Settling on aesthetic criteria was more difficult, since there was such a wide range of early papers. In our original sampling of rare books, the early Italian papers stood out as a group which embodied the combination of characteristics we found so appealing. These papers were tough and yet supple, and had a lustrous quality common in early papers, but missing in modern papers. When held up to the light the look-through of these papers showed the variation of fiber size and distribution, characterized by knots and slubs and a heavy accumulation of fibers near the chain lines. The papers visual surface texture (the look-down) was patterned not only with the depth of the chain and laid lines but also had a rich texture resulting from the felts of the drying process. The sheets were thin, yet reasonably opaque, and had a varied tactile surface from clumps, knots and other fibrous components which lent character without being obstructive.

We had great difficulty capturing the paper characteristics we wanted in our specification criteria. In the end, we simply sent each papermaker an actual example. The project purchased a 16th Century Venetian book, "Spirituali," whose paper beautifully combined the characteristics, except for color, that we were seeking. In the order, the papermakers received a folio from the volume, a color sample, and a written specification. They were asked to duplicate the general characteristics of the "Spirituali" sample.

The physical criteria were established, with the support of the Library's Research and Testing Office and TAPPI standardized tests. The testing procedures and results have been detailed in the soon to be published project paper. This paper will specifically address the folding endurance tests.

To establish the folding endurance specification we ran some informal tests on currently available handmade papers. Past and contemporary Library of Congress paper research has found that cotton papers made with varying percentages of bast or abaca fibers increased the fold endurance by 6 to 30 times that of paper made with 100% cotton pulp. We set the fold endurance requirement at 150, informed the papermakers of the effects of the longer bast fibers and left fiber selection up to them.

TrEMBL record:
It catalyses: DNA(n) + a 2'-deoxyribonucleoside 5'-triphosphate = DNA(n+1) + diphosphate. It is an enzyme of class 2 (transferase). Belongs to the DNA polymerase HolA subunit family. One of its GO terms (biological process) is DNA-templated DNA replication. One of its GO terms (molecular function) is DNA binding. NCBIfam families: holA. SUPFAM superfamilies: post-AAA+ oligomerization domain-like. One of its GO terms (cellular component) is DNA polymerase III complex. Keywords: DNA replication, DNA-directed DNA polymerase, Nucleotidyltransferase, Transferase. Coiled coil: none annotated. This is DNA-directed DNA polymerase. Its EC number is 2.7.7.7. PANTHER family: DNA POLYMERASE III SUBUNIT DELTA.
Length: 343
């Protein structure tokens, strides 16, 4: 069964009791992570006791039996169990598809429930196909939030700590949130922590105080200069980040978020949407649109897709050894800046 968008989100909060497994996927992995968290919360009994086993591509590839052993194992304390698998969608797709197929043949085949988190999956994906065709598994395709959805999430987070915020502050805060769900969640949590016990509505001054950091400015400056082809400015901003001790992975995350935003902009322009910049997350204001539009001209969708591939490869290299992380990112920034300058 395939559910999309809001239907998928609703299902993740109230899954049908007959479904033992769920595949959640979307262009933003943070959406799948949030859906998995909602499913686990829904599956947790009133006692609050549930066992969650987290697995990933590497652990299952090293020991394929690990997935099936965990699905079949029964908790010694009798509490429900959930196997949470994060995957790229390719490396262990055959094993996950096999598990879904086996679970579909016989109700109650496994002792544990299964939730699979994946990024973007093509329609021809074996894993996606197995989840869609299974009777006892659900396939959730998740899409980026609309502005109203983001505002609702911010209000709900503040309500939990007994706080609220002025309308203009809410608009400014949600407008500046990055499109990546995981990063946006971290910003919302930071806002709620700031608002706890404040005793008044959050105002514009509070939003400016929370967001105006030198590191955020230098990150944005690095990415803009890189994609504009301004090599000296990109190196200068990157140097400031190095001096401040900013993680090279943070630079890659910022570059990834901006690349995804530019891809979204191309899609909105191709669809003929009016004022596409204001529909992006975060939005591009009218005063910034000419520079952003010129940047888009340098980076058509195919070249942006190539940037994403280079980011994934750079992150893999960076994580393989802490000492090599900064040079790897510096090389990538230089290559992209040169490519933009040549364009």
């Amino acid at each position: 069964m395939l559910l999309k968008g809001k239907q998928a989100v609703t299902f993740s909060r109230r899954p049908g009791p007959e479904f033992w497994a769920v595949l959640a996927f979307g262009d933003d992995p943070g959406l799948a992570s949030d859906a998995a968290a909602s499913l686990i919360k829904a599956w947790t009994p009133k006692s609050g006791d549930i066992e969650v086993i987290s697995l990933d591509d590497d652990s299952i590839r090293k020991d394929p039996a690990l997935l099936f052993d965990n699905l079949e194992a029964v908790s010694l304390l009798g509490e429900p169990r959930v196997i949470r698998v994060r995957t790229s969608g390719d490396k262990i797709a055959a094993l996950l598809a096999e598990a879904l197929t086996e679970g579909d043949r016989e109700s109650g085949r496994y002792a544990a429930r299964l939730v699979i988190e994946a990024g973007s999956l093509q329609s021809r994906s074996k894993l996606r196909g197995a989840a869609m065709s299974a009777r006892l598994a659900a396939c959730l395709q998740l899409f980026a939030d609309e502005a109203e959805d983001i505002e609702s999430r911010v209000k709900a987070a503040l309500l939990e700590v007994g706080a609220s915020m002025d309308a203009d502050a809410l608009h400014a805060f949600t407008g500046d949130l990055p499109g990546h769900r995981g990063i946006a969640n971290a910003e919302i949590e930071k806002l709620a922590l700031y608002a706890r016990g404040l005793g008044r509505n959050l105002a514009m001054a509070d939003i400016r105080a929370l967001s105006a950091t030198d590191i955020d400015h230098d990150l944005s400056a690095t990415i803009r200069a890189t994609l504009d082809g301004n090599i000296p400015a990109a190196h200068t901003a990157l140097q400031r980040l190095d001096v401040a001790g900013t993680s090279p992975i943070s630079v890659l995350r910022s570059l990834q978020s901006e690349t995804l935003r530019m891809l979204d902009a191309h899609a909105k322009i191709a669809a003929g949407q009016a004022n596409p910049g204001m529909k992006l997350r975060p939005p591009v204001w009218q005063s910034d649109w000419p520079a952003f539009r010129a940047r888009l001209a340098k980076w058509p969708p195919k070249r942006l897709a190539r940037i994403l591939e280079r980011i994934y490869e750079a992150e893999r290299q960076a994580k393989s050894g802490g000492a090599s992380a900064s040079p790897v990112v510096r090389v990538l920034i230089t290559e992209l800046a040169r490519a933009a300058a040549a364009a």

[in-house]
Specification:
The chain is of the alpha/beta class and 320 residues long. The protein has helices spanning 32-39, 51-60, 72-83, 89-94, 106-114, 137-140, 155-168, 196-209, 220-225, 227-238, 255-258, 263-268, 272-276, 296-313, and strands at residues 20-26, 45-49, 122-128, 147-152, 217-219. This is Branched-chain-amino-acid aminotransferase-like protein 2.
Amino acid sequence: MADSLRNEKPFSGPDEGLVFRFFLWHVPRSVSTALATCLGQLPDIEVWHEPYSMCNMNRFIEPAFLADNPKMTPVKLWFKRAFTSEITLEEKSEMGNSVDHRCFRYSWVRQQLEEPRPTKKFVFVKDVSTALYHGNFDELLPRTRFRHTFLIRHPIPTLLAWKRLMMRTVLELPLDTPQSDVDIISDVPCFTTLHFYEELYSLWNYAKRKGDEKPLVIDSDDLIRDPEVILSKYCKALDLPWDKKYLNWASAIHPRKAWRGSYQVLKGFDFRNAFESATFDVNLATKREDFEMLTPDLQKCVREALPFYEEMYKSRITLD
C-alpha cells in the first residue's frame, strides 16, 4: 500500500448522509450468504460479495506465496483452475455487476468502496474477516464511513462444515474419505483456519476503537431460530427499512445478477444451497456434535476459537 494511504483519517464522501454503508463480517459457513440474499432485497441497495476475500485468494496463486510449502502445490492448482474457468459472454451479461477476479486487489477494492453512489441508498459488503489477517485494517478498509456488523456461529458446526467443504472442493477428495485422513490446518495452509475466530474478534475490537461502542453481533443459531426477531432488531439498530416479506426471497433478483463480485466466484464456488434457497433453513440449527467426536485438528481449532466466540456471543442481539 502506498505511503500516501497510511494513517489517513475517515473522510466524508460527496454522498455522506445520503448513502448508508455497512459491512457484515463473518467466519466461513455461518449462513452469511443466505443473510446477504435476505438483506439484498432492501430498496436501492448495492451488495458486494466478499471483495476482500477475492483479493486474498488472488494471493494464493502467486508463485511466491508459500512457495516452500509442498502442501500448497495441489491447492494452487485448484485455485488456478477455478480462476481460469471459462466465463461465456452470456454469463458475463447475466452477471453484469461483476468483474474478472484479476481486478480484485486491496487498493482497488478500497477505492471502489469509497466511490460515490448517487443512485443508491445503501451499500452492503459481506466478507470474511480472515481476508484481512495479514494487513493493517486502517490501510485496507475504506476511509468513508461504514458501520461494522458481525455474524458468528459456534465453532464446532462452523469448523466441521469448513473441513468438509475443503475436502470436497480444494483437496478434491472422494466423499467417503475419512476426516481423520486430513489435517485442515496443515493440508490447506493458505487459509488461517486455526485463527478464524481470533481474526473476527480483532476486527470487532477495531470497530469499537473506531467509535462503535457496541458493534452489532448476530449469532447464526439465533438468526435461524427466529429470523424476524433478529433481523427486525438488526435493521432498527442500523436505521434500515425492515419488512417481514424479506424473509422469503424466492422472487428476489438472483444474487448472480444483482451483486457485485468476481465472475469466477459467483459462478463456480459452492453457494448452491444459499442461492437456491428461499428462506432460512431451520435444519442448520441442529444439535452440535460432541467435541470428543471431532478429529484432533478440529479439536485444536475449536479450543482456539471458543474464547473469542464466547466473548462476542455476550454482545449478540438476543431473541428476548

All but one of the six papers we received met our standards. The papers retained 80% of their initial fold endurance strength after 14 days of oven aging, and they maintained at least 50% after 28 days. Therefore, these papers are appropriate for conservation use from a permanence/durability standpoint.

The Endpaper Project produced six very different papers. That in itself was informative, given that each papermaker began with identical specifications and samples. The papers showed a range of textures, most of which were very different from the sample. Unfortunately, many of the papers still exhibited the flat regularity of the 19th century aesthetic. They also varied considerably in tone and color.

Our purpose was not to make comparative evaluations between the project papers, but to utilize the knowledge gained from each of the papermaker's individual experiences. Some papermakers created papers that succeeded in physical tests and others that succeeded aesthetically, if possible, how could their techniques be integrated? These are questions that define the challenges facing today's papermaker.

In hindsight, it seemed clear that we hadn't gotten the kind of paper we expected from our specifications for a combination of reasons. To begin, some papermakers lack first hand experience with early papers, not surprisingly many don't view paper from the conservators perspective, and some may be working from a set of mental models more appropriate for 19th century papers. The experience of the Endpaper Project reinforced everyones belief that papermakers and conservators lacked a common vision and language.

We felt that these obstacles could be addressed by bringing a group of papermakers and conservators together. By closely examining a selection of historical papers by touching, feeling, and seeing them the papermakers could experience the kind of papers we wanted. We could learn from their expertise more about the limitations of producing an early style paper in the 20th century. And by talking about the papers together in a structured way we could begin to develop a vocabulary.

During the course of the Endpaper Project, we conversed with Dieu Donne about their parallel effort, the Conservation Paper Project. Combining our resources might allow us to bring a group of specialists together. The result of our combined effort was the Endpaper Project Meeting at the University of Iowa last November, 1992. The meeting was organized by us with Mina Takahashi of Dieu Donne and Tim Barrett from the University of Iowa. The participants included nineteen book and paper conservators, papermakers, and experts in related fields. The funding for the meeting was provided by the Kress Foundation, Library of Congress, Dieu Donne Papermill, the University of Iowa Center for the Book, and Bookmakers, Inc.